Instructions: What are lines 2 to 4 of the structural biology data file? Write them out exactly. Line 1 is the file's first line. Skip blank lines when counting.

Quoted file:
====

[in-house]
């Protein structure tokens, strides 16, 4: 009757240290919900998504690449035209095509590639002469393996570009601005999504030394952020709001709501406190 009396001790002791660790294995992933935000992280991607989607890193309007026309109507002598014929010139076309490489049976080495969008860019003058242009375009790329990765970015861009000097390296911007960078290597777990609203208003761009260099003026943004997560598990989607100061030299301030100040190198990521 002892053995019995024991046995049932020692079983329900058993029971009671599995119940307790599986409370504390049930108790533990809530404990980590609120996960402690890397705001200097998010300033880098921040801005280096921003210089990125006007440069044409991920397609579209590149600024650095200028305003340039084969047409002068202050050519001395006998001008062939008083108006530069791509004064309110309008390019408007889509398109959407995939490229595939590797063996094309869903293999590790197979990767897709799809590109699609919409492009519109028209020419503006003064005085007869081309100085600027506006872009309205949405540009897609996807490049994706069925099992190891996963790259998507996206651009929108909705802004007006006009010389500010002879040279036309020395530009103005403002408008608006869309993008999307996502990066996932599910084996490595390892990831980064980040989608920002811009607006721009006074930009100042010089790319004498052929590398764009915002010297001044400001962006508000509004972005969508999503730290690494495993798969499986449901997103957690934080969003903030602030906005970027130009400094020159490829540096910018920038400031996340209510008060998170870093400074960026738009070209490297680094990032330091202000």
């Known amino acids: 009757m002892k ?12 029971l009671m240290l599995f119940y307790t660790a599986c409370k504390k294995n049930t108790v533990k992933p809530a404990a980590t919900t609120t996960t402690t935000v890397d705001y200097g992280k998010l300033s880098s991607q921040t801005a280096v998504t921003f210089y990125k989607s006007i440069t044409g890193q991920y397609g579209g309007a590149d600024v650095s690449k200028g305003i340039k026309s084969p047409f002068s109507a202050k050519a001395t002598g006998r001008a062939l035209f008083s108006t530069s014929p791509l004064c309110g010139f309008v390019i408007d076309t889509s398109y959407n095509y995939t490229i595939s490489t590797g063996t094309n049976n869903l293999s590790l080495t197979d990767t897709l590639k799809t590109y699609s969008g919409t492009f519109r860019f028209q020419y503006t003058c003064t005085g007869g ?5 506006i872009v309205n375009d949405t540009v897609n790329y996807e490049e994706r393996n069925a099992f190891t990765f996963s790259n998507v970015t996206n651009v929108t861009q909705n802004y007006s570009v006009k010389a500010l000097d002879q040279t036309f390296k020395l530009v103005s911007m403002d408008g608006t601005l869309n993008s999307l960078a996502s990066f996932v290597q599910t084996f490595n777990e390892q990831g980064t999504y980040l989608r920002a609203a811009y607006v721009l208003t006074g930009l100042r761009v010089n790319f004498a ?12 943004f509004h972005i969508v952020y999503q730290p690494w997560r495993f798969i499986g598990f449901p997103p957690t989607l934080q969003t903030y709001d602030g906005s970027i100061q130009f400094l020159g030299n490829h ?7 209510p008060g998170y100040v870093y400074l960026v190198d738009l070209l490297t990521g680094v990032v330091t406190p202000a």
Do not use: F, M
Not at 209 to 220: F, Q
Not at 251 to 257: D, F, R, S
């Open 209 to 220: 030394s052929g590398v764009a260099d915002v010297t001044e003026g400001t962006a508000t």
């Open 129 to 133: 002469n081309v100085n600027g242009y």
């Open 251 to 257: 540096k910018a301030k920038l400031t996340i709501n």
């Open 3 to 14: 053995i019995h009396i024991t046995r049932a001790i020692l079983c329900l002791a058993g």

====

């Protein structure tokens, strides 16, 4: 009757240290919900998504690449035209095509590639002469393996570009601005999504030394952020709001709501406190 009396001790002791660790294995992933935000992280991607989607890193309007026309109507002598014929010139076309490489049976080495969008860019003058242009375009790329990765970015861009000097390296911007960078290597777990609203208003761009260099003026943004997560598990989607100061030299301030100040190198990521 002892053995019995024991046995049932020692079983329900058993029971009671599995119940307790599986409370504390049930108790533990809530404990980590609120996960402690890397705001200097998010300033880098921040801005280096921003210089990125006007440069044409991920397609579209590149600024650095200028305003340039084969047409002068202050050519001395006998001008062939008083108006530069791509004064309110309008390019408007889509398109959407995939490229595939590797063996094309869903293999590790197979990767897709799809590109699609919409492009519109028209020419503006003064005085007869081309100085600027506006872009309205949405540009897609996807490049994706069925099992190891996963790259998507996206651009929108909705802004007006006009010389500010002879040279036309020395530009103005403002408008608006869309993008999307996502990066996932599910084996490595390892990831980064980040989608920002811009607006721009006074930009100042010089790319004498052929590398764009915002010297001044400001962006508000509004972005969508999503730290690494495993798969499986449901997103957690934080969003903030602030906005970027130009400094020159490829540096910018920038400031996340209510008060998170870093400074960026738009070209490297680094990032330091202000």
């Known amino acids: 009757m002892k ?12 029971l009671m240290l599995f119940y307790t660790a599986c409370k504390k294995n049930t108790v533990k992933p809530a404990a980590t919900t609120t996960t402690t935000v890397d705001y200097g992280k998010l300033s880098s991607q921040t801005a280096v998504t921003f210089y990125k989607s006007i440069t044409g890193q991920y397609g579209g309007a590149d600024v650095s690449k200028g305003i340039k026309s084969p047409f002068s109507a202050k050519a001395t002598g006998r001008a062939l035209f008083s108006t530069s014929p791509l004064c309110g010139f309008v390019i408007d076309t889509s398109y959407n095509y995939t490229i595939s490489t590797g063996t094309n049976n869903l293999s590790l080495t197979d990767t897709l590639k799809t590109y699609s969008g919409t492009f519109r860019f028209q020419y503006t003058c003064t005085g007869g ?5 506006i872009v309205n375009d949405t540009v897609n790329y996807e490049e994706r393996n069925a099992f190891t990765f996963s790259n998507v970015t996206n651009v929108t861009q909705n802004y007006s570009v006009k010389a500010l000097d002879q040279t036309f390296k020395l530009v103005s911007m403002d408008g608006t601005l869309n993008s999307l960078a996502s990066f996932v290597q599910t084996f490595n777990e390892q990831g980064t999504y980040l989608r920002a609203a811009y607006v721009l208003t006074g930009l100042r761009v010089n790319f004498a ?12 943004f509004h972005i969508v952020y999503q730290p690494w997560r495993f798969i499986g598990f449901p997103p957690t989607l934080q969003t903030y709001d602030g906005s970027i100061q130009f400094l020159g030299n490829h ?7 209510p008060g998170y100040v870093y400074l960026v190198d738009l070209l490297t990521g680094v990032v330091t406190p202000a």
Do not use: F, M